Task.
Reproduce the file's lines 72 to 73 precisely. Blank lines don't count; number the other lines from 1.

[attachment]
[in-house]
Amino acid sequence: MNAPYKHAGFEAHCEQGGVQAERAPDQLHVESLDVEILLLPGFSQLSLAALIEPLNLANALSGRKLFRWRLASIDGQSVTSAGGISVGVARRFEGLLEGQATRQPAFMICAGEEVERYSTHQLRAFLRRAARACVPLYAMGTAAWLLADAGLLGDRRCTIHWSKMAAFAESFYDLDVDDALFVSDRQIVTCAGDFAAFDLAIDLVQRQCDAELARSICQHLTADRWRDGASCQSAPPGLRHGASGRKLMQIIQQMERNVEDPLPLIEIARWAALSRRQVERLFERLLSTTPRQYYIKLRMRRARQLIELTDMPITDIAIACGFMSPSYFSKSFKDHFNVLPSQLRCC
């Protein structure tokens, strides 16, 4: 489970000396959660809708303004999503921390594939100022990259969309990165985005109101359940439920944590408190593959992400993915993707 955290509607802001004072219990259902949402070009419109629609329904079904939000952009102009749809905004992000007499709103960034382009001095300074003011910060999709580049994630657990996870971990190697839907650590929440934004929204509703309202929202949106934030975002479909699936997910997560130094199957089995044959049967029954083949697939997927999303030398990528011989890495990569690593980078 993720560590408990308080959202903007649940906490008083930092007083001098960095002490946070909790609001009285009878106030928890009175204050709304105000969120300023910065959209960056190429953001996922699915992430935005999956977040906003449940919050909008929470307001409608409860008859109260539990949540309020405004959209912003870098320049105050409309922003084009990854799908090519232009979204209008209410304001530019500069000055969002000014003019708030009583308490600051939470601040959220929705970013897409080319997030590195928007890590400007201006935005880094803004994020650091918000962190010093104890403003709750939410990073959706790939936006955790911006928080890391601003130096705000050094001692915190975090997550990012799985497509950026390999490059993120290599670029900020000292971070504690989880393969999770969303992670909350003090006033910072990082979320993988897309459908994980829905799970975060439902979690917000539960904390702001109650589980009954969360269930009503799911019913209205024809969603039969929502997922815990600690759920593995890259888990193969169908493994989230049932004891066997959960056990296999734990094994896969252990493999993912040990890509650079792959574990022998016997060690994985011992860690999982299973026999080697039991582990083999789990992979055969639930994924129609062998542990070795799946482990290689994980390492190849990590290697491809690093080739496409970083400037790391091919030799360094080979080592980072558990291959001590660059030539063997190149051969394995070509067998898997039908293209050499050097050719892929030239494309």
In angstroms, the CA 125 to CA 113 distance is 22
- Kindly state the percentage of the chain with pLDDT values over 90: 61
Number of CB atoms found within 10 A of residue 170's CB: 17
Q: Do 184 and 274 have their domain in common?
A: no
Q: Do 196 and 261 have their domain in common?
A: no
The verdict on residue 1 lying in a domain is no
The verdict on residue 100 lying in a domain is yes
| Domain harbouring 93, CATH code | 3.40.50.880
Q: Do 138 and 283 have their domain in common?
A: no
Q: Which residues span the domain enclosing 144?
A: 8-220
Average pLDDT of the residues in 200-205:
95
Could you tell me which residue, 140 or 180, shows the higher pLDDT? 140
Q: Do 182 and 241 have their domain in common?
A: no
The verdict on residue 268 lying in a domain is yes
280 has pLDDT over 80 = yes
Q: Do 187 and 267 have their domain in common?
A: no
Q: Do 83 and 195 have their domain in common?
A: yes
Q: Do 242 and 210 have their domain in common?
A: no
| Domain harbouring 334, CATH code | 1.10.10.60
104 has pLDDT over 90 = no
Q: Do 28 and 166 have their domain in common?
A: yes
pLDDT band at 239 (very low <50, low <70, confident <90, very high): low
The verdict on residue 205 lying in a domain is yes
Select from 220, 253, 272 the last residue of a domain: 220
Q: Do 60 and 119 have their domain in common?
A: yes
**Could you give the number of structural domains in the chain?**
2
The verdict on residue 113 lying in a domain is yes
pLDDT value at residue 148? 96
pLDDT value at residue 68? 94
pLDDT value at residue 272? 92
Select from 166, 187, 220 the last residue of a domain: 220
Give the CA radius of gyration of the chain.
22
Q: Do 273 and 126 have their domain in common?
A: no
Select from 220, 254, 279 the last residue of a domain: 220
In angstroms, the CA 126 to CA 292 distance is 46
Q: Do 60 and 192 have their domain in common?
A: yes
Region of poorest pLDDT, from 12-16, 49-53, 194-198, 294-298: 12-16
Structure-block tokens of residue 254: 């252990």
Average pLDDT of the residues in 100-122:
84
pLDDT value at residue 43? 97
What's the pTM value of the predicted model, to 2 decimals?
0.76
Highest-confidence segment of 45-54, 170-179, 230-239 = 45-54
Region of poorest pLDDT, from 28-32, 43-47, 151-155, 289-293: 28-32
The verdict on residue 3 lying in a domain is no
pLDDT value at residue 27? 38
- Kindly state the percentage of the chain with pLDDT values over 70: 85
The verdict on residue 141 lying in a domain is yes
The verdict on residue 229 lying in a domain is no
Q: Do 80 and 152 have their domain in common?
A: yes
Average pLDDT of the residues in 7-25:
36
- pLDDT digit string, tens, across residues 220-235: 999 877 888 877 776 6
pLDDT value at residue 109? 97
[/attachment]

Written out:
36
- pLDDT digit string, tens, across residues 220-235: 999 877 888 877 776 6